By Allison Skoglind, allied health world contributing writer
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What is the professional history of radiology assistants?
In the 1970’s several universities across the United States began discussing the possibility of developing radiology assistant programs to help create a new profession within the field of radiology. Yet it wasn’t until the 1990’s that such programs became available in response to a nationwide scarcity of radiologists along with a growing need for imaging services in patient care. The American College of Radiology (ACR), the American Registry of Radiology Technologists (ARRT) and the American Society of Radiologic Technologists (ASRT) are mainly credited for finding a mutual solution to both problems by creating the role of radiology assistants.
What is a radiology assistant?
According to the American Medical Association (AMA), radiology assistants (sometimes called radiologist assistants) are “experienced, registered radiographers who have obtained additional education and certification that qualifies them to serve as radiologist extenders.” Since a radiology assistant’s primary job responsibility is to aid in the administration of radiology to health care and medical patients for the purposes of diagnosis, assessment, examination, and imaging evaluation, they work under the supervision of a radiologist wherever diagnostic imaging is conducted. In effect, they are an occupational bridge between radiographers and radiologists.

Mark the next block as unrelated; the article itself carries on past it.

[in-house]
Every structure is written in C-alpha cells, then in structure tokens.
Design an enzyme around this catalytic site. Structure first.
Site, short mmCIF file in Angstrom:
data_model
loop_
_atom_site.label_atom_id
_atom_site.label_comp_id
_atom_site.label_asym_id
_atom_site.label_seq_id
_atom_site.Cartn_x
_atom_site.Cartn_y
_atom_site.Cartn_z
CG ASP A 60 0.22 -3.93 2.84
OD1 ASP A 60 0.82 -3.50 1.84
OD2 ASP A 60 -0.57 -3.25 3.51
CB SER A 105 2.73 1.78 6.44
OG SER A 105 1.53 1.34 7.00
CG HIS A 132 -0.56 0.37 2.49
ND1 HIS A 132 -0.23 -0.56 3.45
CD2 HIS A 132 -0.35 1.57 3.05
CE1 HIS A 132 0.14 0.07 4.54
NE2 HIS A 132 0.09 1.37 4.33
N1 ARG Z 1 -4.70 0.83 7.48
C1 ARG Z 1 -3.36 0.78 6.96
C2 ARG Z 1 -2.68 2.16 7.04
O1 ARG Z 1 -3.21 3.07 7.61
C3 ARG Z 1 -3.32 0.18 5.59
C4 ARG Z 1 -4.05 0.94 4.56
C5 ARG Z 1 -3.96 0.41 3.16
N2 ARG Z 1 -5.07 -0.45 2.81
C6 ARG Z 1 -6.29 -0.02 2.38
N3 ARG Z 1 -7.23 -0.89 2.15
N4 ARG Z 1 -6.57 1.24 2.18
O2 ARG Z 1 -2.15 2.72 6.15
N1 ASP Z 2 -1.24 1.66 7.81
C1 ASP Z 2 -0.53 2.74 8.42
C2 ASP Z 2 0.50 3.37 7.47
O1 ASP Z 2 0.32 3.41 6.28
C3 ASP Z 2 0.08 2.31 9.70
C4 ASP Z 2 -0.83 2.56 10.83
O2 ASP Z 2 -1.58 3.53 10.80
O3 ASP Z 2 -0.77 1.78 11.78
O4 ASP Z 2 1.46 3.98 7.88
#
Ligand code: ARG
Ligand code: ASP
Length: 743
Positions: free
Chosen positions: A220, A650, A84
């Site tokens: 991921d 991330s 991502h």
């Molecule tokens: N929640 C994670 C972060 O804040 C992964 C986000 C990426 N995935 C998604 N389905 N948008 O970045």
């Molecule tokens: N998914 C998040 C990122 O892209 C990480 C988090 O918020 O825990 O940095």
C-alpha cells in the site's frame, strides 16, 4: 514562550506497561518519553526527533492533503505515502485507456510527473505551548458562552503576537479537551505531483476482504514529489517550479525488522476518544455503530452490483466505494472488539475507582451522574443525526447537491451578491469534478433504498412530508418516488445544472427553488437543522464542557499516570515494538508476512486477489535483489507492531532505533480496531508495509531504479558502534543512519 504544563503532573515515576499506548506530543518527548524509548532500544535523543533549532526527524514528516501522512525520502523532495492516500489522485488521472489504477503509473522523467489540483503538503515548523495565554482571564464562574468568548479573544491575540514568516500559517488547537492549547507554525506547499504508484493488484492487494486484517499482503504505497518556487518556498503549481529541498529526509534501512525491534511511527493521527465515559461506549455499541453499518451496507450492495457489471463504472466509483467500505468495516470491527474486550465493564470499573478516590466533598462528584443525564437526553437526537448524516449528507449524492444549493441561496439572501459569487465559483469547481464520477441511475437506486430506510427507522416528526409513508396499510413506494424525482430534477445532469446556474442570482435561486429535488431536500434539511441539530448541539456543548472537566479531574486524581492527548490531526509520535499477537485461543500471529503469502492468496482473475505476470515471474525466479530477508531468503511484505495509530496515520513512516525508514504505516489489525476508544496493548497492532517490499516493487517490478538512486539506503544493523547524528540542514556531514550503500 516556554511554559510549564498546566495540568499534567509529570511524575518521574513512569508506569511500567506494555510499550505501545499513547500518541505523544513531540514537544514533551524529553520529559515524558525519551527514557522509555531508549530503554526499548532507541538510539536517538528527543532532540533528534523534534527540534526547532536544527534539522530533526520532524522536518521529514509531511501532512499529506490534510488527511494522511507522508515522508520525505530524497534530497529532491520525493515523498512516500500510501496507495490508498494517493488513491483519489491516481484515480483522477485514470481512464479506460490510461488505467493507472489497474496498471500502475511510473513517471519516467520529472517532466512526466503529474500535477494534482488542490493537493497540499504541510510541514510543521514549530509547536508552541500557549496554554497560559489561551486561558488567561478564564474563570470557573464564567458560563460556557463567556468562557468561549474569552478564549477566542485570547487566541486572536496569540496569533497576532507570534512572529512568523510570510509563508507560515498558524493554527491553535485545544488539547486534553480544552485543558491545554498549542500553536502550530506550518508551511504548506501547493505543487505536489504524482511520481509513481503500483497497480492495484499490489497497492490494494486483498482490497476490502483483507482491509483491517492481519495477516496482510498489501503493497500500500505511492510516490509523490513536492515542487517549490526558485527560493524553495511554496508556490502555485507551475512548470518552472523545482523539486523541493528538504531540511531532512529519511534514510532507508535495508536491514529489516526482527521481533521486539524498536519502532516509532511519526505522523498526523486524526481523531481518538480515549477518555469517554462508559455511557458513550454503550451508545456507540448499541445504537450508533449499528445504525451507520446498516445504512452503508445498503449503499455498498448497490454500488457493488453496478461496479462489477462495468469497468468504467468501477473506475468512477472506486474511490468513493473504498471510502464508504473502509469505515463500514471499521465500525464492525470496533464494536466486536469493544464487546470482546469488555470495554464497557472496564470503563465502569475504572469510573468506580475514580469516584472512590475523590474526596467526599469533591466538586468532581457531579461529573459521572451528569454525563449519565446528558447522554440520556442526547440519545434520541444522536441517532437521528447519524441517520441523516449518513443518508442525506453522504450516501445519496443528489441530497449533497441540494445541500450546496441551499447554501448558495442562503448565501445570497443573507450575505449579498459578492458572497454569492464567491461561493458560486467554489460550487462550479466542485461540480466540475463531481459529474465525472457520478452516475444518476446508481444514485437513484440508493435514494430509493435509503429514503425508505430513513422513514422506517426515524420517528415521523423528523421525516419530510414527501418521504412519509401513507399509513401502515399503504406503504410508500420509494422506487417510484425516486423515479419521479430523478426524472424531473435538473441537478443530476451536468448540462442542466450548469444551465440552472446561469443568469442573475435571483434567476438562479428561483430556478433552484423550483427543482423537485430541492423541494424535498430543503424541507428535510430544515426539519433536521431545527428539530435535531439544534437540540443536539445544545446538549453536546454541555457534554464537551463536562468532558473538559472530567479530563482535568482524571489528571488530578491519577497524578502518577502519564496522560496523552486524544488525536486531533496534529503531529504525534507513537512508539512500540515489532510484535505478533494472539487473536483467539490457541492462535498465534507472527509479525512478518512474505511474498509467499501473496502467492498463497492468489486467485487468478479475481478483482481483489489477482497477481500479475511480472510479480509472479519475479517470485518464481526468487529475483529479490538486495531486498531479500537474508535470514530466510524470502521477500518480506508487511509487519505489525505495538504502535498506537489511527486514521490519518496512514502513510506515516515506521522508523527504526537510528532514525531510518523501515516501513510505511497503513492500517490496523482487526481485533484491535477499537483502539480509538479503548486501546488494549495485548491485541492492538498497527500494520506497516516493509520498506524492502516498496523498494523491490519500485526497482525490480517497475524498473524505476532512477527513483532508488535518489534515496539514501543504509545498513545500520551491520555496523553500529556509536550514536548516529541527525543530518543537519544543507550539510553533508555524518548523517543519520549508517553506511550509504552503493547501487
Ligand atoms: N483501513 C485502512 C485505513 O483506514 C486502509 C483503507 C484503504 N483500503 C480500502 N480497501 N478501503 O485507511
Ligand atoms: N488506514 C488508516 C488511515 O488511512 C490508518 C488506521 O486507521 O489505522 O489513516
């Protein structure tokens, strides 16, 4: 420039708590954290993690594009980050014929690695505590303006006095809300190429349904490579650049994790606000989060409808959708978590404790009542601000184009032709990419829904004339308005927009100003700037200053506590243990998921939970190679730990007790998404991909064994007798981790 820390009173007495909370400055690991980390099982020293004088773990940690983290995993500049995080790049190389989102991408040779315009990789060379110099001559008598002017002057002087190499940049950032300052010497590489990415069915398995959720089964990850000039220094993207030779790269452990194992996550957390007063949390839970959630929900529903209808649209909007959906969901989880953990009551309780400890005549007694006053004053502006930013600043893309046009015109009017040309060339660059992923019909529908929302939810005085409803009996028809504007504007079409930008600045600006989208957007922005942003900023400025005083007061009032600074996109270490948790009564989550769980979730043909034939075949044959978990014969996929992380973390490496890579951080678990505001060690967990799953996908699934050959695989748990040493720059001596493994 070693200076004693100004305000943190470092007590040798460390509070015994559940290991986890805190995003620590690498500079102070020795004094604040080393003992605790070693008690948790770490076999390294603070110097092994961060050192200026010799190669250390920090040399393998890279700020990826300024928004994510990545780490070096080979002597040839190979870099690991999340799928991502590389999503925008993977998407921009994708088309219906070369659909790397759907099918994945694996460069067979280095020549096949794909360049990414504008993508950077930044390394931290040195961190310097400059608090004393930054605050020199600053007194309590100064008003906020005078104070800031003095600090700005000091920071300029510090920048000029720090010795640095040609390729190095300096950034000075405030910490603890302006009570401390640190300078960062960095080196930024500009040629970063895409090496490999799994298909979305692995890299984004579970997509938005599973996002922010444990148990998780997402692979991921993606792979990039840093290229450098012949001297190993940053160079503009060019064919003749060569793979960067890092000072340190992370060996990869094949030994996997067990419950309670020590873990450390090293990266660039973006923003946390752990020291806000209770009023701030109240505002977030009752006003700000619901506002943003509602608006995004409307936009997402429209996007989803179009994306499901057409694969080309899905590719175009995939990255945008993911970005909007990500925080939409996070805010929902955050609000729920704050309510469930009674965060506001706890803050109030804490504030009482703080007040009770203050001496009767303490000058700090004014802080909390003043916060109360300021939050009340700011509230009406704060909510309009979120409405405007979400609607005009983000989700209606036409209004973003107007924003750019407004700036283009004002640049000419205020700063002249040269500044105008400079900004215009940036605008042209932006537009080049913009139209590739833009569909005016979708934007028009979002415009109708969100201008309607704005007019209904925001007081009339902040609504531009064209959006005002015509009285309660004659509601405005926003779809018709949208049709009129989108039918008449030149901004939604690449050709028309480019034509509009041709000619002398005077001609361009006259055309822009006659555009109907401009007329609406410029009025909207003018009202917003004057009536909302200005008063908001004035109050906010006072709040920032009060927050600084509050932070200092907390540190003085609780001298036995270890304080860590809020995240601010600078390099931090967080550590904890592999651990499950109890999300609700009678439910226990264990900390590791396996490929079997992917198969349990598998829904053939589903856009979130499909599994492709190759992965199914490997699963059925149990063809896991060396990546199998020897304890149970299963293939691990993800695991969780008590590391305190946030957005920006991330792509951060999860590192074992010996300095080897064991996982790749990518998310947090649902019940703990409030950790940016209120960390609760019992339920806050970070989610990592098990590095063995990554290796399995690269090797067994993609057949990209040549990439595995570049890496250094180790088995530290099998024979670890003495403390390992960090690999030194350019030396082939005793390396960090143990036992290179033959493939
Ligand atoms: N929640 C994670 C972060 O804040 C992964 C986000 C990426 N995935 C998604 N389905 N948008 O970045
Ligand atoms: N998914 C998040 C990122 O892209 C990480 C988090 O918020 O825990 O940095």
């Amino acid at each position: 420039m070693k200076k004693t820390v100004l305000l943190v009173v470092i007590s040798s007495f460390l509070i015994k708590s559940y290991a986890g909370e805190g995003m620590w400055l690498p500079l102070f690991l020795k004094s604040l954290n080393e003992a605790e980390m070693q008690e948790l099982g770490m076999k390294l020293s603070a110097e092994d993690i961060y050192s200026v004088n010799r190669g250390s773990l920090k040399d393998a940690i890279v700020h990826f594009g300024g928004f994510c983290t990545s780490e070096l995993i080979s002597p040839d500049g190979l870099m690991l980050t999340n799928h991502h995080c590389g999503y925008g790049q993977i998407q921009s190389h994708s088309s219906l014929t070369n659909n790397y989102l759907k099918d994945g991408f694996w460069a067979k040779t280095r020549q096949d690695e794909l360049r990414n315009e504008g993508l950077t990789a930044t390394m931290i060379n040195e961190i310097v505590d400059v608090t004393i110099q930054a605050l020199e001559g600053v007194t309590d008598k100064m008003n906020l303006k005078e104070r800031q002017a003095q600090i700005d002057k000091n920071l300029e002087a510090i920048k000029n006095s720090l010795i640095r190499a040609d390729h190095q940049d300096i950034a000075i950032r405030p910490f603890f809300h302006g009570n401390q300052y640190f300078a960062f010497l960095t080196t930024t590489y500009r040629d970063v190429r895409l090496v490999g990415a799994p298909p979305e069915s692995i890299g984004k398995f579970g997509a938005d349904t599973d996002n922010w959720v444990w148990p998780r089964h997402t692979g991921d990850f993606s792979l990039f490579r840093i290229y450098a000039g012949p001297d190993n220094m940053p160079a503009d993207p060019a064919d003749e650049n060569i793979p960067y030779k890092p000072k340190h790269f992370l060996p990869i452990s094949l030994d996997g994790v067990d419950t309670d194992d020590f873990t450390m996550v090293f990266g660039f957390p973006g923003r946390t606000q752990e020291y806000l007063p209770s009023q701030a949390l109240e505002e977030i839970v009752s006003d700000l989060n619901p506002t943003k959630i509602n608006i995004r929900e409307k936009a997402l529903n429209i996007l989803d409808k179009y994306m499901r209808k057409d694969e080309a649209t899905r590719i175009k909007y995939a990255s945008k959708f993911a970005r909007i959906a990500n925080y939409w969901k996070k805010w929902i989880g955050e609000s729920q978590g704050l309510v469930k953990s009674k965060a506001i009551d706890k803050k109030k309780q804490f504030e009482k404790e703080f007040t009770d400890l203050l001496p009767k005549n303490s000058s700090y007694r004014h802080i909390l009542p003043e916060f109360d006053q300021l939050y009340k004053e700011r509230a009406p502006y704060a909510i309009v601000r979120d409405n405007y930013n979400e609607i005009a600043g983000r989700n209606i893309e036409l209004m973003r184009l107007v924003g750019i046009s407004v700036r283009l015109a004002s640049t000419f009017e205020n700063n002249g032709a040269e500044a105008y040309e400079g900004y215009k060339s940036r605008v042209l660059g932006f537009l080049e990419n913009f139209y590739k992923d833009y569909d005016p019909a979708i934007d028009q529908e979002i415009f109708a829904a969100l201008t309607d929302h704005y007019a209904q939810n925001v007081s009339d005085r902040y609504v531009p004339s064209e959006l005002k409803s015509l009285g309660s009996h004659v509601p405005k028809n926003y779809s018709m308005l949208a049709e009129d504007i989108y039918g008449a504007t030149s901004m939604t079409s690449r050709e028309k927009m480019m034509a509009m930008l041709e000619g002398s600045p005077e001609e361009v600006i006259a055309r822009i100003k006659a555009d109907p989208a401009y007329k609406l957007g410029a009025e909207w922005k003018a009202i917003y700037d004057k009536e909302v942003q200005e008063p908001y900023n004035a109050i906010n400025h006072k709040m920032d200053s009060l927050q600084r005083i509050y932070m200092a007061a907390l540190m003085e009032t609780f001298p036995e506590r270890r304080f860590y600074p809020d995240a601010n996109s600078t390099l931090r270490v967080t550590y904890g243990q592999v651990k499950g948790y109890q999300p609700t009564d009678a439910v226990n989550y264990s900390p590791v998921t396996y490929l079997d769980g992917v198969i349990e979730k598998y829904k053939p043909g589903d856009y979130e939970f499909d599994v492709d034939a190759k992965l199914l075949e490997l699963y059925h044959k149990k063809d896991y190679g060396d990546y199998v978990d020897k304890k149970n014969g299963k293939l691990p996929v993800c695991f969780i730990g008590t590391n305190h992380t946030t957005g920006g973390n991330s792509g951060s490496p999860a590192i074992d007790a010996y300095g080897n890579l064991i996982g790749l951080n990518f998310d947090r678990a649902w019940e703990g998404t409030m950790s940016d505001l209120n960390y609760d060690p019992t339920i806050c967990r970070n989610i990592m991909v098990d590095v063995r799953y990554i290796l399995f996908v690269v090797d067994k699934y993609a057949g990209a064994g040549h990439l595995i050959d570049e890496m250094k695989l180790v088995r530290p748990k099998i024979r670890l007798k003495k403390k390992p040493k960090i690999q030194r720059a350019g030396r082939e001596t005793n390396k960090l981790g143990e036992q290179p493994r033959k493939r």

What is the radiology assistant’s job description?
Although a radiology assistant can perform dozens of wide-ranging tasks and procedures, the ASRT outlines three major job responsibilities. First, all radiology assistants are expected to positively contribute to patient education, assessment, and general management. Also, all radiology assistants must be prepared to accurately execute designated radiology procedures including but not limited to: evaluating, reviewing, recording, and communicating initial observations regarding radiology imaging, performing magnetic resonance (MR) and computed tomography (CT) post-processing, engaging in GUI and GI examinations, and fluoroscopy. Finally, all radiology assistants are required to show dedication to patient care by routinely analyzing the quality of service provided to clients and participating in quality improvement actions within the radiology setting.
What clinical activities do entry-level radiology assistants perform?
The ARRT, ASRT, and ACR have collaborated to compose a list of forty clinical activities that all entry-level RAs should be adequately trained to preform so as to be eligible to pursue radiology assistant jobs. Some of these activities pertain to gathering or relaying patient information such as: reviewing patient’s medical records, interviewing patients, explaining radiology procedures, obtaining consent, and instructing in examination preparation. By obtaining patient information, radiology assistants can more accurately determine any risk factors that may interfere with radiologic procedures.
Other clinical activities involve performing specific radiologic and medical procedures including: radiology-focused physical examinations, monitoring ECG and IV therapy, operating fluoroscopic units, invasive nonvascular and vascular practices, and administering urinary catheterization, venipuncture, moderate sedation, and oxygen.
Another set of clinical activities relate to the pharmacology aspect of radiology assisting like explaining pharmaceutical effects and side effects, and administering contrast agents, radiopharmaceuticals, and general medication to patients.
Finally, radiology assistants should learn how to properly evaluate, review, and record post-examination data, for instance: evaluating image quality, reviewing image procedures, reporting and recording initial observations, performing follow-up examinations, and documenting procedure and post-procedure evaluations.
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